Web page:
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Outside NAT

Hi,

We have a Cisco PIX 525 running 6.3(3)

I am trying to NAT the source address of a server on a DMZ only when the server needs to talk to a specific server on the inside interface.

All other traffic from the dmz to any interface should not be NATed.

i.e. when server 10.0.0.1 (dmz) talks to server 13.0.0.1 (inside) its source address is NATed to 13.0.0.2

and when server 10.0.0.1 (dmz) talks to any other networks on the inside, no NAT takes place (nat 0)

Could you tell me if this is possible please?

I have played around with the following:

# static (dmz, inside) 13.0.0.2 access-list NAT-dmz

# access-list NAT-dmz permit ip host 10.0.0.1 host 13.0.0.1

# nat (dmz) 0 access-list NoNAT-dmz

# access-list NoNAT-dmz permit ip host 10.0.0.1 11.0.0.0 255.0.0.0

# access-list NoNAT-dmz permit ip host 10.0.0.1 12.0.0.0 255.0.0.0

I could ping the NAT address 13.0.0.2 from the LAN, however i couldn't ping the server address 13.0.0.1 (inside) from server 10.0.0.1 (dmz) which made me think that the NAT is not bi-directional?

This is a problem as the NAT needs to happen when the server on the DMZ (10.0.0.1) establishes a connection to the server on the inside (13.0.0.1)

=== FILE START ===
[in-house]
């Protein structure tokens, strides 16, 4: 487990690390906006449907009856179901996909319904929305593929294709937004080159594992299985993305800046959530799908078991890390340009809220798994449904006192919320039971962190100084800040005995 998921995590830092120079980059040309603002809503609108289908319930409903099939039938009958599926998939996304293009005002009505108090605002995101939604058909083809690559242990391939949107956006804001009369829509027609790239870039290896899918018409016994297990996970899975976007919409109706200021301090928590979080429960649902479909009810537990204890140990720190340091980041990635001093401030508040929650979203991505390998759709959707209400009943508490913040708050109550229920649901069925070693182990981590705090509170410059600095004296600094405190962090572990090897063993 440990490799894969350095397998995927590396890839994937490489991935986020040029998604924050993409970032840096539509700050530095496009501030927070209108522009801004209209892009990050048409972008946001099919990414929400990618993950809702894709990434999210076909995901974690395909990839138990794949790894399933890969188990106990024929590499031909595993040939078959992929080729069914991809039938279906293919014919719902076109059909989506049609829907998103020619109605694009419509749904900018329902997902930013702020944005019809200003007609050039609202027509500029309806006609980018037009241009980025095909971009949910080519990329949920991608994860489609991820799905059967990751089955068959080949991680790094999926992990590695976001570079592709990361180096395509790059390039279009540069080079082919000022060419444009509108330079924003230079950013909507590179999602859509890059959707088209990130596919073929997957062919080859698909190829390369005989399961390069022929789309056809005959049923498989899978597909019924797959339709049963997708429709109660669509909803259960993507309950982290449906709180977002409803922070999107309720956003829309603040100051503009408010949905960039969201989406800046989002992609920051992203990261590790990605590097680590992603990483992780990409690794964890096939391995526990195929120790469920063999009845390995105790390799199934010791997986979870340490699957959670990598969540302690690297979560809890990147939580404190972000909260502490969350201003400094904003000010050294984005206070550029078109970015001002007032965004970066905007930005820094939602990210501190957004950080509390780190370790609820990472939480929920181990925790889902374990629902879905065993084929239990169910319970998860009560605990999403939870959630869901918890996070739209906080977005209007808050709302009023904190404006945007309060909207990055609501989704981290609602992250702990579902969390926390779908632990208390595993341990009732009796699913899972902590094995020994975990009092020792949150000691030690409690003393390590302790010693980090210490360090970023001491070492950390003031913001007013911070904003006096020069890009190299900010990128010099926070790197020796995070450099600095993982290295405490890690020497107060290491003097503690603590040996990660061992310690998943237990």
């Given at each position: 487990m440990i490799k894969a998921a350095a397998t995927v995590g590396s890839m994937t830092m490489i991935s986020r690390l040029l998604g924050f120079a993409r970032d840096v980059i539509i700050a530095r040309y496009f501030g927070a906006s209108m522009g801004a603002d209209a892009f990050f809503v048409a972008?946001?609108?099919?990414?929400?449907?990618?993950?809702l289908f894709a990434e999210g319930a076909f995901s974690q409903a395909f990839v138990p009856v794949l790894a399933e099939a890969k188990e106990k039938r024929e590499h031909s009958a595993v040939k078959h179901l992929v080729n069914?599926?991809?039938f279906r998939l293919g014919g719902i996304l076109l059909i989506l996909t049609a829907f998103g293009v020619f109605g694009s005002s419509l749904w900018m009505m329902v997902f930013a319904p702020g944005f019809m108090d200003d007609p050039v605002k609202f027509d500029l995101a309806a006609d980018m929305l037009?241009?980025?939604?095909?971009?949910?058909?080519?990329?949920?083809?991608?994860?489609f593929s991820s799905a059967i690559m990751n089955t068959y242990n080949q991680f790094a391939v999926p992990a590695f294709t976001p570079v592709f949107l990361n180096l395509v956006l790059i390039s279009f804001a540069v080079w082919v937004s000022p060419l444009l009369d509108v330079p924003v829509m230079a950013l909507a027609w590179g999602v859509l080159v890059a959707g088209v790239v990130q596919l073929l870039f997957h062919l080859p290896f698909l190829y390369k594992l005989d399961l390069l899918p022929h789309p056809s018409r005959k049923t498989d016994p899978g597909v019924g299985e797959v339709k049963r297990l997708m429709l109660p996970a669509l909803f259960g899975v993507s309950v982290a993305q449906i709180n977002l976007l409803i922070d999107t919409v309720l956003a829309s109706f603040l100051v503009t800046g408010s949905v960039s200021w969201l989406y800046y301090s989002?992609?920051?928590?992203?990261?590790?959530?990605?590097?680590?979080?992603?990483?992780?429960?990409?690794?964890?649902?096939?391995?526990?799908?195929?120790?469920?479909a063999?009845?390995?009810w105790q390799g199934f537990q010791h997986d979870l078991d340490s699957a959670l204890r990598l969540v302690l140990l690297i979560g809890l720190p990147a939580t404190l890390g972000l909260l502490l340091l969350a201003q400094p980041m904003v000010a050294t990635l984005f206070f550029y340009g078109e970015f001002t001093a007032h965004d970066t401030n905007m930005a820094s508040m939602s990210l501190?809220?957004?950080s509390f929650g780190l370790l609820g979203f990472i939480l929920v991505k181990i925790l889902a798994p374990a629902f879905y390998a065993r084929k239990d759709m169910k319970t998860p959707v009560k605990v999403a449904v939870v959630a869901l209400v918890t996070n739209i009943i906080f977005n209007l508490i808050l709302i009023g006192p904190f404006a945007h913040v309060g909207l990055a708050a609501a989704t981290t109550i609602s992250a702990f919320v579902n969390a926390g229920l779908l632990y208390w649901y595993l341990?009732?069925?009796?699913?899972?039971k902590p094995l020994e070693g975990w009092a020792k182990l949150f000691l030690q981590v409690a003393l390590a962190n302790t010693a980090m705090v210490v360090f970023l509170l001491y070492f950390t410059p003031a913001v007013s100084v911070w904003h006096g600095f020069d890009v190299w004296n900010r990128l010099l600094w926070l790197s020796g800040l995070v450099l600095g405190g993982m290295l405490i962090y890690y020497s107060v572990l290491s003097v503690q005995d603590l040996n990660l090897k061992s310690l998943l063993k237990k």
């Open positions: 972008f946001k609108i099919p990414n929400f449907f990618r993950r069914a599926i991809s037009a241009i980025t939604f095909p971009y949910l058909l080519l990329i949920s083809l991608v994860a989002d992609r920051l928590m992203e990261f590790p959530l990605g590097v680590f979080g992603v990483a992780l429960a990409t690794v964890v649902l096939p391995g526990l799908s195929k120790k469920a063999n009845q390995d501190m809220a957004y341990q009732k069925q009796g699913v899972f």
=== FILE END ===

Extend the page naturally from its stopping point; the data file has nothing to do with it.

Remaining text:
Please note that access-lists have been applied to the inside and dmz interfaces permitting traffic to flow between the two interfaces.

Thanks, Paddy

2 REPLIES
New Member

Re: Outside NAT

Unfortunately, i don't have enough time to explain the solution in details but you can achieve what you want. One way of doing this is:

- Configure a Global statement to inside interface with IP address of 13.0.0.2

- Configure NAT+Access List on the DMZ interface related with the global statement and where the ACL is triggered only by 10.0.0.1

Don't forget to configure ACL+ACG on the DMZ interface since it's a lower security interface who wish to communicate with a higher security interface.

Regards

Ben

New Member

Re: Outside NAT

Paddy

You can try this (you can do it both with ACLs -policy NAT- or the 'old' fashion, just regular NAT):

static (dmz,inside) 13.0.0.2 10.0.0.1

!-- Outside static NAT

!-- or,

static (dmz,inside) 13.0.0.2 access-list NAT-dmz

access-list NAT-dmz permit ip host 10.0.0.1 host 13.0.0.1

!-- Just the way that you have it.

!-- This is what you are missing perhaps:

static (inside,dmz) 13.0.0.1 13.0.0.1

Now, if you have something like this on the inside:

nat (inside) 0 0.0.0.0 0.0.0.0

This NAT 0 is not bi-directional.

If you have something like:

nat (inside) 0 access-list nonat-inside

access-list nonat-inside permit ip any 10.0.0.0 255.0.0.0

This NAT 0 is bidirectional, and you should be able to ping the server on the inside from the dmz, and the server on the dmz should be translated to 13.0.0.2

Anyway, you can do a 'show xlate debug' to see the translations created and check that both are made. The NAT0+ACL does not create an xlate.

The outside NAT is NOT BI-DIRECTIONAL so this is why you would need a translation rule between the inside and the dmz (second static).

Hope it helps,

federico.

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